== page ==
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Market Liquidity Conditions Still Loose As A Goose

Sunday, July 16, 2017 5:57
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(Before It's News)

Since the Fed began raising interest rates in December 2015,  financial market liqudity conditions have loosened considerably.   Recall our post,  Orwellian Monetary Policy,  which we wrote in May.

“Tightening is Easing”

Since U.S. monetary policy began tightening in December 2015, the Fed has added liquidity to the financial system through interest payments to banks on excess reserves and has reduced its surplus to the Treasury adding to the fiscal deficit.  Thus the financial system has had an effective injection of central bank liquidity and a fiscal expansion during a period of monetary tighenting. – Global Macro Monitor

The current Fed policy effectively injects liquidity into the financial system through raising the IOER rate — printing money to make interest payments on reserves banks hold on deposit at the Fed.   This compares to the traditional monetary where the Fed drains reserves from the financial system to drive the Fed Funds rate higher.   We are years off to getting back to traditional monetary policy.  Maybe not in our lifetime.

Performance of Stocks, Bonds, and Emerging Markets 

No wonder markets are going bonkers.   Take a look at the performance of a select list of indicators since the Fed began raising interest rates.

The S&P500 is at an all-time high, up over 20 percent since the Fed shifted to a tightening regime;  the 10-year Treasury yield is only up 5 bps;  the 10 minus 2’s yield curve is 32 bps flatter;  the dollar index is down -3.12 percent; the VIX is down over 50 percent and closing in on its December 22, 1993, all-time closing low of 9.31 and will probably take out its intraday all-time low of 8.89, set on December 27, 1993, very soon.   The VIX has only traded below 9 one time.  See here for how the two VIX indices were concatenated or spliced in 2003, merging the OEX VIX (VXO) with the SP500 VIX.

Emerging Markets Hot, Hot, Hot!

More impressive is the performance of the emerging markets.  Wasn’t Fed tightenings supposed to, and have historically,  wreaked  havoc on EM capital flows?   The JP Morgan EM Bond ETF (EMB) is up over 16 percent and the emerging market stock ETF (EEM) is up almost 40 percent!   The Mexican peso has rallied 20 percent since January 19, which is mainly due to the Trump slump in the polls.   Stunning, nonetheless.

 “John Bull can stand many things, but he cannot stand  2.0 , [-1.5 or 1.25]  percent”  – Bagehot

No great flop in commodities either with the CRB essentially flat since the Fed began raising interest rates.

Fed Has Lost Control

The Fed has once again loss control of a big part of monetary policy.   Its ability to influence the risk taking incentives of the markets (see chart below).  This is not the first time,  but it has been exasperated by the structure of the new monetary policy,  of which we spoke about earlier.

No judgement, whatsoever,  on the policy makers.   They saved the system and kept many of us from living under freeways and have a very difficult job.   They now find themselves in a real dilemma, however,  with another major global asset bubble on their hands.

We believe this is why the Fed has quickened its pace to start shrinking their balance sheet.   Rather than being  forced to overshoot interest rates, which could adversely affect the economy,  the Fed will start draining reserves through balance sheet reduction hoping to introduce some risk aversion and sense back into the giddy global markets.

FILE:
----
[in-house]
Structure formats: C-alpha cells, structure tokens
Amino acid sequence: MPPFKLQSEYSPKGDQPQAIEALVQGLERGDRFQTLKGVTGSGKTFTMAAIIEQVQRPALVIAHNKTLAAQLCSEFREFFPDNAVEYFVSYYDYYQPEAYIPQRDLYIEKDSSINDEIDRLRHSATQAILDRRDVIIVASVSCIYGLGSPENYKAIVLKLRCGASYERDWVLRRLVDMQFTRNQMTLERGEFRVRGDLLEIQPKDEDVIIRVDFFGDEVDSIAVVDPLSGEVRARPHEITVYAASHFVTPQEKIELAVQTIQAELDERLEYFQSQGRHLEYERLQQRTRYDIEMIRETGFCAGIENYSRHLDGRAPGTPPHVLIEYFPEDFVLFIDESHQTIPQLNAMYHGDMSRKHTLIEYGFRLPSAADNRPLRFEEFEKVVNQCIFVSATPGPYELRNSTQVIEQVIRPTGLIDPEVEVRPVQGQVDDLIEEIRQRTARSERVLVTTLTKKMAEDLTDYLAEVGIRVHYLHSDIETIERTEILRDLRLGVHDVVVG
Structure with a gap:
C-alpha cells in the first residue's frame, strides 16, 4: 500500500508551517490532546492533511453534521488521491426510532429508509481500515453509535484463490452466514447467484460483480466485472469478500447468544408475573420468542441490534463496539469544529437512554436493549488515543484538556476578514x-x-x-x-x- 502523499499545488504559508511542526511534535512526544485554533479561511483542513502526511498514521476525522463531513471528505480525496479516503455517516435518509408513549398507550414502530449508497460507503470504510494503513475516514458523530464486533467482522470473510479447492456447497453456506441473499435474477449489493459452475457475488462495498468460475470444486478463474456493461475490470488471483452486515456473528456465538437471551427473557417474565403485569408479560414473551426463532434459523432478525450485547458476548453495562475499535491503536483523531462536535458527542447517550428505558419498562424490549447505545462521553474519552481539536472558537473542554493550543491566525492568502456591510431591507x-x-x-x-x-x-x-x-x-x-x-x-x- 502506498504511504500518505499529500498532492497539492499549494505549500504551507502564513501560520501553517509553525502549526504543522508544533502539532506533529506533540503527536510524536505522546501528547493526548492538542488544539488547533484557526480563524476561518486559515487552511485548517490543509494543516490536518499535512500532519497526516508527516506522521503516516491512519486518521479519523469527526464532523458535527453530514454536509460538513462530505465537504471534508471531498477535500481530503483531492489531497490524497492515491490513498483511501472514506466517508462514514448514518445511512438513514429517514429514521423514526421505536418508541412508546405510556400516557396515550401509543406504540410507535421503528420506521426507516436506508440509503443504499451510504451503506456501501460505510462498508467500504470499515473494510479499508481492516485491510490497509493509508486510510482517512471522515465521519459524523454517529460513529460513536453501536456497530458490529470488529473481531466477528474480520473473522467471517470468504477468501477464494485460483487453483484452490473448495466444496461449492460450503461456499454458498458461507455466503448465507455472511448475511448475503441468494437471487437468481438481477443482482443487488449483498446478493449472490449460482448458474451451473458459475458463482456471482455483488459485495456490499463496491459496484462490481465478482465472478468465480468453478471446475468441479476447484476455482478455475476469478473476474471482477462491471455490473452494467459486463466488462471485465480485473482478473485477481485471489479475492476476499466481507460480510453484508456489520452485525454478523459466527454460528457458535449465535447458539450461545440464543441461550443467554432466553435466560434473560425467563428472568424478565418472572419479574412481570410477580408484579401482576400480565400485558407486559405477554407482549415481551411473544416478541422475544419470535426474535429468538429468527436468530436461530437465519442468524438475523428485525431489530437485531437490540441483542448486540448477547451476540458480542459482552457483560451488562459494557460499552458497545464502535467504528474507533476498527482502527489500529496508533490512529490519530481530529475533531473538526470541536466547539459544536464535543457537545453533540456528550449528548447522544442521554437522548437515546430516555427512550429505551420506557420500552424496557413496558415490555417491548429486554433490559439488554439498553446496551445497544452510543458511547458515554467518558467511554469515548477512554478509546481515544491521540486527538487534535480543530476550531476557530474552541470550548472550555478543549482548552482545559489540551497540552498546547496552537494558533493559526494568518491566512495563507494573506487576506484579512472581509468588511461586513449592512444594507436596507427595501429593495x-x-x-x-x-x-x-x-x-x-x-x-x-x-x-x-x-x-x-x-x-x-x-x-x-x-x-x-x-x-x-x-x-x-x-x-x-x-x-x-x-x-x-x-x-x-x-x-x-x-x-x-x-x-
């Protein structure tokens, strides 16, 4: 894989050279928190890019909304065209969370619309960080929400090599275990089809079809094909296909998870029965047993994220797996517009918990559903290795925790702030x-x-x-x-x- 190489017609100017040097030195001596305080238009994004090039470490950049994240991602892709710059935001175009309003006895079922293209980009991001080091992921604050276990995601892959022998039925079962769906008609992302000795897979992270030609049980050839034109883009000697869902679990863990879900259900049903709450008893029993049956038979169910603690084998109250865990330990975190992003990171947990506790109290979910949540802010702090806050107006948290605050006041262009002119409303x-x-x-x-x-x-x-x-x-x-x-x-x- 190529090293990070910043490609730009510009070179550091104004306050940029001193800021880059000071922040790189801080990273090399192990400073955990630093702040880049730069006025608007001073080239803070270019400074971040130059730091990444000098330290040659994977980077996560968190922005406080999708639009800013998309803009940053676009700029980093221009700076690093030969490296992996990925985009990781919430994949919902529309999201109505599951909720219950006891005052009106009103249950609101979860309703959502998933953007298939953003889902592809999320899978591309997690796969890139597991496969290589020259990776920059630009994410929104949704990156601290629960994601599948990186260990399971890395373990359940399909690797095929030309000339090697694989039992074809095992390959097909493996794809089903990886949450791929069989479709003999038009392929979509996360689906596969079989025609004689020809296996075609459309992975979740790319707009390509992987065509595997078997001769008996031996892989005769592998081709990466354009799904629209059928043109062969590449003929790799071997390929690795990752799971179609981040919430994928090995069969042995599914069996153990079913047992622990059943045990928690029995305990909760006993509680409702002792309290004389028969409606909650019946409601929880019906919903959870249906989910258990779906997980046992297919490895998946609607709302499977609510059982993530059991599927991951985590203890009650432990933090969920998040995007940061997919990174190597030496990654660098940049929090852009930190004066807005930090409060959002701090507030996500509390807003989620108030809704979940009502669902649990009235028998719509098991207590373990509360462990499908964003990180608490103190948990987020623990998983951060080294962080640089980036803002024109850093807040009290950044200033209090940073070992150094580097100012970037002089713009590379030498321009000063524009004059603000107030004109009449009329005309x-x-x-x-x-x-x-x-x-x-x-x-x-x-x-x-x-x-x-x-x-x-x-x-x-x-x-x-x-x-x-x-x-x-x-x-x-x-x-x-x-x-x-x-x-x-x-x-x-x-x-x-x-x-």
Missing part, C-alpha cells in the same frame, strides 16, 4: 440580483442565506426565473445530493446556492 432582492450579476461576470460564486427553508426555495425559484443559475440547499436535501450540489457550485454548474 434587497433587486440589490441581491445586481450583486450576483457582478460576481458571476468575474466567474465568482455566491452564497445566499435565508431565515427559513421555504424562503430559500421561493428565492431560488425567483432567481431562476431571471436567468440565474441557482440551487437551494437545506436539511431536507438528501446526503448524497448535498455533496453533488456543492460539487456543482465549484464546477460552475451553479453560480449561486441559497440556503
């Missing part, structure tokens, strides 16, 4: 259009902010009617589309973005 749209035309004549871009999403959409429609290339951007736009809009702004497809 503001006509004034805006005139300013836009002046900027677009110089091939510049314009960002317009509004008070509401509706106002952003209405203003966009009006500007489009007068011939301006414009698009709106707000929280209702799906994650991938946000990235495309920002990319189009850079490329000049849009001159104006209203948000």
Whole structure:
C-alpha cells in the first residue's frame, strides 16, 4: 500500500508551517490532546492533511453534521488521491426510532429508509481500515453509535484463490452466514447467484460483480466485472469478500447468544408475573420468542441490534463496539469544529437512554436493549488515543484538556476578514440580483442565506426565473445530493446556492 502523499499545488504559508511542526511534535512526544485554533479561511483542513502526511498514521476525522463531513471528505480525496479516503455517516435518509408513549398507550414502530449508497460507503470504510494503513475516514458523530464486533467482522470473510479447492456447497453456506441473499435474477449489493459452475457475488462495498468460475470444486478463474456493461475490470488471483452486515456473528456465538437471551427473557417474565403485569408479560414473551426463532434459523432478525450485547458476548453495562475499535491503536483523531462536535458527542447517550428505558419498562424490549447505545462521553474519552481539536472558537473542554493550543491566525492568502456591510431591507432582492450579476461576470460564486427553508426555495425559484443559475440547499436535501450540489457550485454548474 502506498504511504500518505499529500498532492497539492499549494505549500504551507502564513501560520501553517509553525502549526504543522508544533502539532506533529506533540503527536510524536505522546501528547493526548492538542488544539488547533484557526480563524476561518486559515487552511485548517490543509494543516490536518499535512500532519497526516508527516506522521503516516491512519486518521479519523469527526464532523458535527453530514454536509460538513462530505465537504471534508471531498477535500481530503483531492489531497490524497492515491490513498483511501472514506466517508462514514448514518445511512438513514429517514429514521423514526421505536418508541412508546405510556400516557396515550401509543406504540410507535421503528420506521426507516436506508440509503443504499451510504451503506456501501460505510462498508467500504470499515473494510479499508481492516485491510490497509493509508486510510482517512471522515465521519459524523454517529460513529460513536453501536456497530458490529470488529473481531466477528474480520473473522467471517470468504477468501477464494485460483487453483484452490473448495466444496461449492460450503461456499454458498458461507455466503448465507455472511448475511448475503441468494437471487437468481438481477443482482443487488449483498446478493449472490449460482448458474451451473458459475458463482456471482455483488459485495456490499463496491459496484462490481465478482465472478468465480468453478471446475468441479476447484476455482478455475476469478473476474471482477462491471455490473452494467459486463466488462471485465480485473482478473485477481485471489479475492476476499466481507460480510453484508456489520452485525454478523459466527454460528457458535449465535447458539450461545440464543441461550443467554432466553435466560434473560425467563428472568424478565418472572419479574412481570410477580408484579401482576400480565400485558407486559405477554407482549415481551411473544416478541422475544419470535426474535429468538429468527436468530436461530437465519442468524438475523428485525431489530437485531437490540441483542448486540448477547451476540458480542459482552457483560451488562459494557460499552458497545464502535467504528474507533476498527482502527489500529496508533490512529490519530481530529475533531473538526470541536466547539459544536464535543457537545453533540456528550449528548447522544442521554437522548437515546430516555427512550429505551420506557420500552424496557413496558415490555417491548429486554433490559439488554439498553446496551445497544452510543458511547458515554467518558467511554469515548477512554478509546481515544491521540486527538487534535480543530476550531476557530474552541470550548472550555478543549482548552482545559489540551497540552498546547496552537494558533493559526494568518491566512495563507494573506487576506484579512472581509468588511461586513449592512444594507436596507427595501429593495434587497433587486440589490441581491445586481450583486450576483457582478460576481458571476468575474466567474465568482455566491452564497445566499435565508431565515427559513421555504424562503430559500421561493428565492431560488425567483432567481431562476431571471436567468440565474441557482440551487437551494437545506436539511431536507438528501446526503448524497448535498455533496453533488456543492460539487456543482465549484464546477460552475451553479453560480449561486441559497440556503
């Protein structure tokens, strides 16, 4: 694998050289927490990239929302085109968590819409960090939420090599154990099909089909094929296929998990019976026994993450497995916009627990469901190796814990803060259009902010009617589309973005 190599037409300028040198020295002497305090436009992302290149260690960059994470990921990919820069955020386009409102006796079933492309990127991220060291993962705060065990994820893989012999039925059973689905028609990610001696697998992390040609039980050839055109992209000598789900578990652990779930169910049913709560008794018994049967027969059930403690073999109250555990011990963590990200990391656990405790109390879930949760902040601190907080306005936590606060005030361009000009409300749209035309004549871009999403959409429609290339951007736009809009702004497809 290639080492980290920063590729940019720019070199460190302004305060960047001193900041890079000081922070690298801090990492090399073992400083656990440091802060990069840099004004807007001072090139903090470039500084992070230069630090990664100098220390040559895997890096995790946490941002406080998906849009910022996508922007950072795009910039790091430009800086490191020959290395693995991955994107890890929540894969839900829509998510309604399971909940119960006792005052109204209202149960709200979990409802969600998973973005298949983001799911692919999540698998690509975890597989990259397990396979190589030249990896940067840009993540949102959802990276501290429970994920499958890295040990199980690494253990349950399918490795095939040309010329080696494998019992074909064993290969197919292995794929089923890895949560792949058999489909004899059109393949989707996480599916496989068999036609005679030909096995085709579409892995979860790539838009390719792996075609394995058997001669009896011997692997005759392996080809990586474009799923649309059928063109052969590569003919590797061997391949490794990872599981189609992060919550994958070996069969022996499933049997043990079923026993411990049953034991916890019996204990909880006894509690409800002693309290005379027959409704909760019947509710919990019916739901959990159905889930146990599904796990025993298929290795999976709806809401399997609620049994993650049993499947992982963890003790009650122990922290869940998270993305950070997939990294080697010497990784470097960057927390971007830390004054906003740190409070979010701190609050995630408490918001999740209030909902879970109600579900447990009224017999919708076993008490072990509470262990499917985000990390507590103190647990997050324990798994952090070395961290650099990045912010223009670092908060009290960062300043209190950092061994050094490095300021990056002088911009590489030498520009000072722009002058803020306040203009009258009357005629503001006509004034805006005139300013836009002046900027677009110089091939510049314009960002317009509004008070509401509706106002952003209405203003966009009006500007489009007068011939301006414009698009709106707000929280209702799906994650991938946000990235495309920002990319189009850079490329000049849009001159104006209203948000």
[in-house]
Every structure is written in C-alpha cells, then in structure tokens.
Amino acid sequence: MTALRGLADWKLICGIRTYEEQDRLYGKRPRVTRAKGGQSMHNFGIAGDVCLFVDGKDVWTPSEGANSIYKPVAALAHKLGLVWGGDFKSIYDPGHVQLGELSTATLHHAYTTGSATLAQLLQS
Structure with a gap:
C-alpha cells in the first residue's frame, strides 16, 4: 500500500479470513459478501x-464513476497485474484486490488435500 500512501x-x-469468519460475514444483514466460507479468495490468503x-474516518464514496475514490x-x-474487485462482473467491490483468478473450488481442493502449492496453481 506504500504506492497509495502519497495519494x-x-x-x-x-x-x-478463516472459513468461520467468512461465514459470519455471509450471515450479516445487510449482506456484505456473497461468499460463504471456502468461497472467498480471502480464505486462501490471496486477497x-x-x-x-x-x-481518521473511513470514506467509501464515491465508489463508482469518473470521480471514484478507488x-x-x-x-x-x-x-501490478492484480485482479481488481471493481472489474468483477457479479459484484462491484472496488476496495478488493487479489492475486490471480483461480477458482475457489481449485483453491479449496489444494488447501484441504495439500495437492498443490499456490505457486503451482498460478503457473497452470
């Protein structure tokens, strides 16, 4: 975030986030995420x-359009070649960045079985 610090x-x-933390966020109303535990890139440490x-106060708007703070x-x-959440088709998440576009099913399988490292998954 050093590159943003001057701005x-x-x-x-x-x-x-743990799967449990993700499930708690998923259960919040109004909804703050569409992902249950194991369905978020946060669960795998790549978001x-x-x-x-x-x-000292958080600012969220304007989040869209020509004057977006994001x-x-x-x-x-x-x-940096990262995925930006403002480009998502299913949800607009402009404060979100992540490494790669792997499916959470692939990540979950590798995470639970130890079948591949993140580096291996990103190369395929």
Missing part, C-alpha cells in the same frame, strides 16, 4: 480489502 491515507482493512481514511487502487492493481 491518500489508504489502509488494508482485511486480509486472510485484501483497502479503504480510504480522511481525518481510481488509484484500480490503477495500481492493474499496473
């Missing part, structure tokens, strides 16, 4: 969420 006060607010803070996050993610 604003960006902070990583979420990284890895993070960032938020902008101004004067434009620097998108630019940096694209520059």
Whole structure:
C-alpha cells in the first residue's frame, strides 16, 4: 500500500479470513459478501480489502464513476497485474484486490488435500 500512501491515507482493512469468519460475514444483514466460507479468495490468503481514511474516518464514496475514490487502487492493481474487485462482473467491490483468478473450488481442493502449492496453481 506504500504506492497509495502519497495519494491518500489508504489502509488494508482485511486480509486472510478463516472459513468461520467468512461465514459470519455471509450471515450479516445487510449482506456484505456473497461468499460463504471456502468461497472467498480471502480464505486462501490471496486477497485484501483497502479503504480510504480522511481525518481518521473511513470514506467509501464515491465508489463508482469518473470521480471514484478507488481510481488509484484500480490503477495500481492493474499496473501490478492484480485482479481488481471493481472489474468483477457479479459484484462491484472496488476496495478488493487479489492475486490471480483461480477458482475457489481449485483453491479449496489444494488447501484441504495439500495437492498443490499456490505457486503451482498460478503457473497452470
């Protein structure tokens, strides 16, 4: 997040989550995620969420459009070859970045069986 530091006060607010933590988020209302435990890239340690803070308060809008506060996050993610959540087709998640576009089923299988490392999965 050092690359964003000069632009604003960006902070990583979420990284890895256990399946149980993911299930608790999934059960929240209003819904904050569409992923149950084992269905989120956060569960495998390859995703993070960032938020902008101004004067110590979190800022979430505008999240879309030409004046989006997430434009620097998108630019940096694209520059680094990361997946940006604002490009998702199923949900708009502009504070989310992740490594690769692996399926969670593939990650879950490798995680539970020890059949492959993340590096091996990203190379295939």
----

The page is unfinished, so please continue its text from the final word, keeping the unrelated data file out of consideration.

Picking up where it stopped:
Real Interest Rates

Finally take a look at real interest rates.   The current level of the 10-year real Treasury yield,  calculated as the nominal yield less the 1-year lagged PCE deflator, is only at the 19th percentile on a monthly basis going back to the early 1960’s.   Our sense is rates are going to have to move much higher (200-300 bps)  and quantitative tightening is going to take some time to really break these markets and burst the global asset bubbles.

Asset bubbles don’t pop very easy,  until they do.

In economics, things take longer to happen than you think they will, and then they happen faster than you thought they could.”   – Rudiger Dornbusch

The first derivative trade, that is selling when the direction of policy changes,  is not going to cut it this time around.   Global interest rates are just too low and the flood of central bank liquidity is too high.

The bears are much too loud and admament and the buy the dipper Algos are in control.   Until they aren’t.

Conclusion

Nevertheless,  assets are exteremly expensive,  monetary policy is moving in the wrong direction and the market is very vulnerable to a sharp selloff given a Black Swan event,  which we increasingly think may be some sort of geopolitical shock.

We are thinking October,  but so is everyone else.

It is tough and a career killer to watch a runaway market waiting for Godot  a market correction that doesn’t show up.   That keeps a the “night sweat bid” in the market.   You know,  when your under allocated and the market keeps ramping.    Night sweats and migraines.   We don’t miss those days.

Finally,  the path of least of resisitance seems to be  higher for risk assets, but as Ray Dalio says,

  … keep dancing but closer to the exit and with a sharp eye on the tea leaves. – Ray Dalio



Source: https://macromon.wordpress.com/2017/07/16/market-liquidity-conditions-still-loose-as-a-goose/

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